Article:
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Expert Interview Collaborative Problem Solving Ross Greene, PhDCCPR: Child psychiatrists have a lot of kids come into our office with problems related to temper tantrums, explosive episodes, etc. You have developed a process for working with these kids. Tell us about it.

Dr. Greene: Collaborative Problem Solving views challenging behavior, like temper tantrums, as the result of lagging skills, not necessarily a symptom of a disease. It involves working with a child to get to the root of the problem behavior.

CCPR: What do you mean by “lagging skills”?

Dr. Greene: What I mean is that the child doesn’t have the skills needed to respond to a situation appropriately—skills like problem-solving, tolerance for frustration, and flexibility and adaptability.

CCPR: So what can we do for these children?

Dr. Greene: Well, when we collaboratively solve the problems that are setting challenging behavior in motion, then we simultaneously teach the child the skills he or she is lacking that set the stage for the problem in the first place. The key to this is working together with the child—collaborating—to solve the problem, not making assumptions about what the problem is and forcing a solution.

CCPR: Tell us more about this.

Dr. Greene: Well, adults often resort to what I call “Plan A,” which is unilateral problem solving. In The Explosive Child, I encourage “Plan B,” which entails collaborative problem solving.

CCPR: Can you give an example?

Dr. Greene: Sure. One example from the book is a family leaving Disney World after spending a day there. Casey, the son, who is prone to explosive behavior, says, “I want cotton candy.” A Plan A response would be simply, “No, you can’t have cotton candy, we’re about to have dinner.” But Casey is a boy who has shown that he will respond to this approach with violent temper tantrums. So the family tried “Plan B.” The father crouched down next to his son, and did some problem solving. “So let’s think about this for a second,” he said. “You really wanted cotton candy, and you’re hungry for a snack before dinner. You’ve already had a lot of sugar today. Can you think of any ideas for a snack that isn’t so sugary?” Eventually, Casey settled down and agreed to getting some french fries at McDonalds on the way back, and then had a reasonably healthy dinner at the hotel.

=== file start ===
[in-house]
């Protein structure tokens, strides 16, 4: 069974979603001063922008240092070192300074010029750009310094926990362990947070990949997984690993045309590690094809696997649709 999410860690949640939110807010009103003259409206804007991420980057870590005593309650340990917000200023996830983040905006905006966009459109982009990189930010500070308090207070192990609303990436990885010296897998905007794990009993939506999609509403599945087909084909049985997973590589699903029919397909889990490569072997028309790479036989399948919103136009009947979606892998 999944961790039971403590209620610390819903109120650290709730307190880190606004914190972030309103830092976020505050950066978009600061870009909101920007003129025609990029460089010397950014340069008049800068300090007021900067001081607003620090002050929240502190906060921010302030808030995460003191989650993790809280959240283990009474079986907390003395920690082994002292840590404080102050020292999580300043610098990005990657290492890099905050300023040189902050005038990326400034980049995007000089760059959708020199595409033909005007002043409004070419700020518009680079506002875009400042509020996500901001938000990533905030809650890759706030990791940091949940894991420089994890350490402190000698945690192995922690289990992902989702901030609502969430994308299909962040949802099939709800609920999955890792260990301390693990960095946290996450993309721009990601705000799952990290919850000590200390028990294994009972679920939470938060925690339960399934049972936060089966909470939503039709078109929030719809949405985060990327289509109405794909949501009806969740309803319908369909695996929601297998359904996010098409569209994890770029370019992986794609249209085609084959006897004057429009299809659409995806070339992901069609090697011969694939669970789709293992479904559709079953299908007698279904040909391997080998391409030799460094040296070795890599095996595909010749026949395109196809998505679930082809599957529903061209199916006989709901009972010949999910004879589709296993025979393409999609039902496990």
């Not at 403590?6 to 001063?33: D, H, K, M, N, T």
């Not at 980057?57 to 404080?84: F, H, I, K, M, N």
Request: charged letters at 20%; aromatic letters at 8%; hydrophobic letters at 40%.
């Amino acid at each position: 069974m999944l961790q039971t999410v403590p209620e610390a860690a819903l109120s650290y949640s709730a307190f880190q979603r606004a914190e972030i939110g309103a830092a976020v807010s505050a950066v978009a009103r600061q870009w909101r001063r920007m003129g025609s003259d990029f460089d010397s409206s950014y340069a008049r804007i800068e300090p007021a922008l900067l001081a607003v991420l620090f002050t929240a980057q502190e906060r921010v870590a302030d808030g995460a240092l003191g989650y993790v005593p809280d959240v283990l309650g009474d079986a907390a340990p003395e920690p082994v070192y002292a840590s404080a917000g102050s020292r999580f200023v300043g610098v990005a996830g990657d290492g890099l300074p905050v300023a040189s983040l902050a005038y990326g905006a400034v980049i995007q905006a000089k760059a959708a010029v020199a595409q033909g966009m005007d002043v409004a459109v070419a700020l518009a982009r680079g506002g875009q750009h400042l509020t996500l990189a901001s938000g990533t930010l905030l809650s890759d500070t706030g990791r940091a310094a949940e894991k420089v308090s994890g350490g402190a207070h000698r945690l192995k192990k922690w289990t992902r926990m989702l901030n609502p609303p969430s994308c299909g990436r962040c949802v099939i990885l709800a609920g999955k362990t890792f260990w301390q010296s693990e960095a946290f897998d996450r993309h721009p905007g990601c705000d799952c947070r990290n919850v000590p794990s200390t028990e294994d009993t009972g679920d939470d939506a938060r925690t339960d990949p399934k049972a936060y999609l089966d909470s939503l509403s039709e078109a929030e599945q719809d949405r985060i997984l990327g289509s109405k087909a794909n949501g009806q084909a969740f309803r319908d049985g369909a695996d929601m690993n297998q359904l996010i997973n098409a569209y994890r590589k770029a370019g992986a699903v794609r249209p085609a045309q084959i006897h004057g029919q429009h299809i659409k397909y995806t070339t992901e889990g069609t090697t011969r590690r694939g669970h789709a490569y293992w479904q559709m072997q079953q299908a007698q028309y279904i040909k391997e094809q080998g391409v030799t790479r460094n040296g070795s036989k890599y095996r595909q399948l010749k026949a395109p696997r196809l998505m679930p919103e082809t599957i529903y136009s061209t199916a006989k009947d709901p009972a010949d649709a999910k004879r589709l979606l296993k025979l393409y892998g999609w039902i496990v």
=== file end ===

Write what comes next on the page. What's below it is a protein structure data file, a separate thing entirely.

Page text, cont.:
CCPR: So it’s important to involve the child in determining the problem and its solution.

Dr. Greene: Yes, and Plan B is more than just talking. Plan B involves three ingredients. The first is getting the kid’s concerns or perspective on the table on a particular unsolved problem. The second is getting the adult’s concerns or perspective on the same unsolved problem. The third is brainstorming solutions that are realistic and address the concerns of both parties.

CCPR: Where can we learn more about this approach?

Dr. Greene: People can visit the website of my non-profit organization, Lives in the Balance, at www.livesinthebalance.org. There are a lot of resources there, including information on trainings and seminars and handouts for families.

CCPR: Thank you, Dr. Greene.

This article originally appeared in:


The Carlat Psychiatry Report
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This article was published in print 5/15/2010

 



APA Reference
The CarlatPsychiaty Report. (2014). Expert Interview: Collaborative Problem Solving by Ross Greene, PhD. Psych Central. Retrieved on December 22, 2014, from http://pro.psychcentral.com/expert-interview-collaborative-problem-solving-by-ross-greene-phd/005127.html

    Last reviewed: By John M. Grohol, Psy.D. on 21 Feb 2014